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NEBULA: A Future Internet Architecture to Support the Clouds The NeTS program in the CISE directorate of the NSF

has established the Future Internet Architectures (FIA) program to develop four possible architectures for the Internet in the future. One of these four architectures, called NEBULA, is intended primarily to support cloud computing. The NEBULA architecture surrounds a highly available and extensible core network with trustworthy transit and access networks that enable many new forms of communication and computing. Mobile users of the NEBULA architecture will have fast, secure, anytime/anywhere access to critical services, such as financial transactions and electronic medical services. Local devices will be able to select from a continuum of distributed computing and storage services that are provided by the data centers accessible via the NEBULA architecture. The NEBULA architecture achieves the three security properties of confidentiality,integrity and availability using a system approach. Specifically, the NEBULA architecture consists of three interrelated parts: (1) the NEBULA Data Plane that establishes policy-compliant paths and provides both flexible access control and defense against availability and denial-of-service attacks; (2) the NEBULA Control Plane that provides access to application-selectable service and network abstractions such as redundancy, consistency, and policy routing; and (3) the NEBULA Core that redundantly interconnects data centers containing replicated data with ultra-high availability core routers, which are currently being developed in collaboration with Cisco Systems, Inc.

Introduction: The Importance of Cloud Computing The National Institute of Standards and Technology (NIST) has identified Cloud Computing as a vital area of national importance that requires further research and development; see http://www.nist.gov/itl/cloud/index.cfm. "The Cloud Computing model offers the promise of massive cost savings combined with increased IT agility. It is considered critical that government and industry begin adoption of this technology in response to difficult economic constraints. However, cloud computing technology challenges many traditional approaches to datacenter and enterprise application design and management. Cloud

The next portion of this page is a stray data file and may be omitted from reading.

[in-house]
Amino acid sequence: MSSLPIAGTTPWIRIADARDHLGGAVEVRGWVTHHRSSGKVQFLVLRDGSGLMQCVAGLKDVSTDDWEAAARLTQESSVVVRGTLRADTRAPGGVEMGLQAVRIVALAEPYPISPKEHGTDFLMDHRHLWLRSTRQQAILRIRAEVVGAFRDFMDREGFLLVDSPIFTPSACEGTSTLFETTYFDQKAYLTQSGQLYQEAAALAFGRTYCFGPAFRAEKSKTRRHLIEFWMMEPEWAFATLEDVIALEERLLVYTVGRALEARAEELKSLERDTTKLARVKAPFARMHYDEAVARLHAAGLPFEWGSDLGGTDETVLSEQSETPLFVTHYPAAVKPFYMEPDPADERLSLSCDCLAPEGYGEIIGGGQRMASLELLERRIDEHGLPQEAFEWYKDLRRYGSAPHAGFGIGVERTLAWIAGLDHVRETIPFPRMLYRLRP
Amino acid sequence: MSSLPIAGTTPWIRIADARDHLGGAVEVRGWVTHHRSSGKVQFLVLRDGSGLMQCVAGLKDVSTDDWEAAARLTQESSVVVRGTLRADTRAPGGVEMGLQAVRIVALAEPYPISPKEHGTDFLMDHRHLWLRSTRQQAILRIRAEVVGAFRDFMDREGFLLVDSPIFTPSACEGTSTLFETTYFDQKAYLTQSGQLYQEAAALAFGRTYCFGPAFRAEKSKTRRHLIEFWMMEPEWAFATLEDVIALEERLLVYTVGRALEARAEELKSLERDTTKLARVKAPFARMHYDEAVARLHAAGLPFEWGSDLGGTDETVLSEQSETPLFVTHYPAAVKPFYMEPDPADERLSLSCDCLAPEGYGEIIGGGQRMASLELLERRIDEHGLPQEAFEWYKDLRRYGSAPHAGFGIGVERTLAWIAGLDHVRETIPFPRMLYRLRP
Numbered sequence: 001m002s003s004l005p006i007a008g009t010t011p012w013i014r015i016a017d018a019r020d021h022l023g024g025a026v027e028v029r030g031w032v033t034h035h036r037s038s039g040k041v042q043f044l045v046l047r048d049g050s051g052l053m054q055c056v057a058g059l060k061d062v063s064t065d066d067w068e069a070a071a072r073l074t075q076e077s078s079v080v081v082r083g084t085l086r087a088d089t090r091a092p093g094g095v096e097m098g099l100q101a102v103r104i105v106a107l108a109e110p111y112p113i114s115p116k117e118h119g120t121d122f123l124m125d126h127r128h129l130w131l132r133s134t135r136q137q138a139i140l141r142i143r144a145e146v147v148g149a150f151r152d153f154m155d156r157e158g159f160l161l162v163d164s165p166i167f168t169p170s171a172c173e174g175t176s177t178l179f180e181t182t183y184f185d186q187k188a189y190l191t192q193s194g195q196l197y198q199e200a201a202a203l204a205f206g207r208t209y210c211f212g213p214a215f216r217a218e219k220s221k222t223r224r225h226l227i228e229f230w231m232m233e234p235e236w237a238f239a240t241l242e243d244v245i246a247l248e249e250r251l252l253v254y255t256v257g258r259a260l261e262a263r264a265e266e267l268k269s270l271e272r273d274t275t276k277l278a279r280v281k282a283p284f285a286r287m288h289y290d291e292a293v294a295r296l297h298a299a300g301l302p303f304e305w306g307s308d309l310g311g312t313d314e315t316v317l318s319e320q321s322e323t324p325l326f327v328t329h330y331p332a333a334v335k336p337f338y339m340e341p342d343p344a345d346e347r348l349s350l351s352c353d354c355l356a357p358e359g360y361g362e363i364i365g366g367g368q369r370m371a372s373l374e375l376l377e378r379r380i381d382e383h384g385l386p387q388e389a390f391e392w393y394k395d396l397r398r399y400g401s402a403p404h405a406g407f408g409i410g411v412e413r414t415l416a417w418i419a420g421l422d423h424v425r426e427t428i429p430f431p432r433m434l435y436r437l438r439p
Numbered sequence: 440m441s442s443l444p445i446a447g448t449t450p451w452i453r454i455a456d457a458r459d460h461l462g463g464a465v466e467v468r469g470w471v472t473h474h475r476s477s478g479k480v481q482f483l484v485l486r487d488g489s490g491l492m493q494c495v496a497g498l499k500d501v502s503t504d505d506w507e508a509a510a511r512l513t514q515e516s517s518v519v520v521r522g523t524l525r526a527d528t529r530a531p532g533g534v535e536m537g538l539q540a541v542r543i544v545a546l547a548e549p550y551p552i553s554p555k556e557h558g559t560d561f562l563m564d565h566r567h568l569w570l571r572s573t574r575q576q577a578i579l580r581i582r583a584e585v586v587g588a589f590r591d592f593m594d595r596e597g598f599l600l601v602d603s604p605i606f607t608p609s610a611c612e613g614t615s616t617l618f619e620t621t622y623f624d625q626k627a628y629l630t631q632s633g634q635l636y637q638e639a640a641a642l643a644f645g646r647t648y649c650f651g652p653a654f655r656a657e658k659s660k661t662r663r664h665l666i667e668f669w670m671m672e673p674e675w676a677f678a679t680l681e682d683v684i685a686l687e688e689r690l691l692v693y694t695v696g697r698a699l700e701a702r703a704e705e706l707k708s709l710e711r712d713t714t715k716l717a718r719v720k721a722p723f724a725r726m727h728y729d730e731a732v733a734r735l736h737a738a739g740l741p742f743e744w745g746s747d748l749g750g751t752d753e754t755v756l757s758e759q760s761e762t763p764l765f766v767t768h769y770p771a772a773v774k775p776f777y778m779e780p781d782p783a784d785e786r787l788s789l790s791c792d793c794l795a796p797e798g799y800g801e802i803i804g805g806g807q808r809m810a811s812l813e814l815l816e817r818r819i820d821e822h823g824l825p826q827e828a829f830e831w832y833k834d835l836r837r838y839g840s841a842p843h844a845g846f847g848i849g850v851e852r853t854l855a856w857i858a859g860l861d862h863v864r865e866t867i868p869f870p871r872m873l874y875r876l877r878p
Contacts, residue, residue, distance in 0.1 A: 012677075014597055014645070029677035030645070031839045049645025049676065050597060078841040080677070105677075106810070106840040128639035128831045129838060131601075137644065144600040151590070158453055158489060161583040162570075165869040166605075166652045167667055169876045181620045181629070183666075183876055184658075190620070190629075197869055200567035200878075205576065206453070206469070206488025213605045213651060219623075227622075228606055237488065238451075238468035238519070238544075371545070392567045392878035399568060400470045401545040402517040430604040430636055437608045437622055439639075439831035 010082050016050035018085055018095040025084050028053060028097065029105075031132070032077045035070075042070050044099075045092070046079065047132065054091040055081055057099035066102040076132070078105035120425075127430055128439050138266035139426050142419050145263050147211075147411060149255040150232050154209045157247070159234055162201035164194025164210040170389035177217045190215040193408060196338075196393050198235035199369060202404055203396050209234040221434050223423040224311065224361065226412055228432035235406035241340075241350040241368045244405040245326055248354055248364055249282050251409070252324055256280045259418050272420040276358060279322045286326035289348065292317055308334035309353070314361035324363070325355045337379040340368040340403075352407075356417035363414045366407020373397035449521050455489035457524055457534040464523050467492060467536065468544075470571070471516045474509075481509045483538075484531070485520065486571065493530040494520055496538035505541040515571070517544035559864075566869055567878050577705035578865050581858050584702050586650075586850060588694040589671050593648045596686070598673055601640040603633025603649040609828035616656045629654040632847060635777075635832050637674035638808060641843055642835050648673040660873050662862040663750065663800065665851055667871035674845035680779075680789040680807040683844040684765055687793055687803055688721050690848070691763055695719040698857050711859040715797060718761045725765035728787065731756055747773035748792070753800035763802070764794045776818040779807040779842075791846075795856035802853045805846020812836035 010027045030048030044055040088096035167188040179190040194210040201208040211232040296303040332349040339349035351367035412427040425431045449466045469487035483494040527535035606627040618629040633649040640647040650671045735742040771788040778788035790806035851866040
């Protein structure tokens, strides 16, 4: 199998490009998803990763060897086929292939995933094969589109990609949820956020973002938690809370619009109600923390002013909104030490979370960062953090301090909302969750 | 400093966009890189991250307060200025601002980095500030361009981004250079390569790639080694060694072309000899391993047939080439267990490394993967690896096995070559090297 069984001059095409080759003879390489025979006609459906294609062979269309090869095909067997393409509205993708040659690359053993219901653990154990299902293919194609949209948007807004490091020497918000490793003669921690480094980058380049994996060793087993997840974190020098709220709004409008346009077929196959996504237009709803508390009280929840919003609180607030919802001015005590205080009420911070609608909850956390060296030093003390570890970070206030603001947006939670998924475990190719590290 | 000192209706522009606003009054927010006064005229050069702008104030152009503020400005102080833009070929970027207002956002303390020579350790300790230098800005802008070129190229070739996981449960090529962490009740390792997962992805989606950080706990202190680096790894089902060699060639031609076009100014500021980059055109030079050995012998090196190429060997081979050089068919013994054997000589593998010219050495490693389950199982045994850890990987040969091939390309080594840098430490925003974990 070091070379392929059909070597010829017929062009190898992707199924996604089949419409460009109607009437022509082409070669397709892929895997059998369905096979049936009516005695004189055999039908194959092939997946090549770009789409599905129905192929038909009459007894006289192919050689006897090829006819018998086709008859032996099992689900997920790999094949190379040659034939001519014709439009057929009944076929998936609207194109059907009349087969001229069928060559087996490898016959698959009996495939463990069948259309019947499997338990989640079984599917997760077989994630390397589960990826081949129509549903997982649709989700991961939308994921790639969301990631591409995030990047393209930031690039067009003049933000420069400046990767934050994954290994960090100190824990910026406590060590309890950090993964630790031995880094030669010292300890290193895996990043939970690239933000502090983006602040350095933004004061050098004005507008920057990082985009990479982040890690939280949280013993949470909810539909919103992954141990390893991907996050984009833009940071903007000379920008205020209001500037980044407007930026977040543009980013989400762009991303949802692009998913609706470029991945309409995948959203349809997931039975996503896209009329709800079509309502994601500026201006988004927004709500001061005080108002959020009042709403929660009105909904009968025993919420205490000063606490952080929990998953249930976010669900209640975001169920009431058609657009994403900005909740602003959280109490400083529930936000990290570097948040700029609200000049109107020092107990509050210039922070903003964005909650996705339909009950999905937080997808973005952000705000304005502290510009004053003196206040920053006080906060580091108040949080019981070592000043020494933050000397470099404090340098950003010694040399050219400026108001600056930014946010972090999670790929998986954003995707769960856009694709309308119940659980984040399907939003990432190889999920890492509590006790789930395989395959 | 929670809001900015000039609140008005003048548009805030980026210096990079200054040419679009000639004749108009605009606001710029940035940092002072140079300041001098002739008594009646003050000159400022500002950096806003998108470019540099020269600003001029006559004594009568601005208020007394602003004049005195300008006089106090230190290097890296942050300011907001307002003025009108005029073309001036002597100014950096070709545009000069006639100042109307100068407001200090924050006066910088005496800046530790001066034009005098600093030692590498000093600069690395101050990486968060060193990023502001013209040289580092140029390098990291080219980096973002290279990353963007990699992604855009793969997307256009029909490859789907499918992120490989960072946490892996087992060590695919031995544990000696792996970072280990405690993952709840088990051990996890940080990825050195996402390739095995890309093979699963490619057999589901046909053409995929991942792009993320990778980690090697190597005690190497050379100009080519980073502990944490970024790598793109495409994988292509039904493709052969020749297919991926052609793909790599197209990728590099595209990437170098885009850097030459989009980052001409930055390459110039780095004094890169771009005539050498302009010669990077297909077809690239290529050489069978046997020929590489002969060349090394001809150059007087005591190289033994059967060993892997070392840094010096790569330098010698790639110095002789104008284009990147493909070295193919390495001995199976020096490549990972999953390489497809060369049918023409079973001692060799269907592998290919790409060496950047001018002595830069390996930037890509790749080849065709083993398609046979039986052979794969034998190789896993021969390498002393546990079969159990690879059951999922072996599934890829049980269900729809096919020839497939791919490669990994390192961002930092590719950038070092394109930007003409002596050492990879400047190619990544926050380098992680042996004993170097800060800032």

computing is currently being used; however, security, interoperability, and portability are cited as major barriers to broader adoption." NIST has defined Cloud Computing as follows: (see http://csrc.nist.gov/publications/drafts/800145/Draft-SP-800-145_cloud-definition.pdf) "Cloud Computing is a model for enabling ubiquitous,convenient, on-demand network accessto a shared pool of configurable computing resources (e.g., networks, servers, storage, applications, and services) that can be rapidly provisioned and released with minimal management effort or service provider interaction. This cloud model promotes availability and is composed of five essential characteristics, three service models, and four deployment models. The five essential characteristics are on-demand self-service, broad network access, resource pooling, rapid elasticity, and measured service. The three service models are Cloud Software as a Service (SaaS), Cloud Platform as a Service (PaaS), and Cloud Infrastructure as a Service (laaS). The four deployment models are Private Cloud, Community Cloud, Public Cloud, and Hybrid Cloud." The reader is referred to the full tex t of the NIST definition for details of these elements. The increasingly popular cloud model provides as-ne eded access to computing with the appearance of unlimited resources. Users are given access to a variety of data and software utilities to manage their work. Billing for services is based on usage; users rent virtual resources and pay for only what they use. Underlying these services are data centers that provide "virtual machines" (VMs). Virtual machines make it easy to host computation and applications for large numbers of distributed users by giving each the illusion of a dedicated computer system. It is anticipated that cloud platforms and services will increasingly play a critical role in academic, government and industry sectors, and will have widespread societal impact. Accordingly, NSF is committed to providing the science and engineering communities with the opportunity to conduct research and education activities in cloud and data-intensive computing and their applications.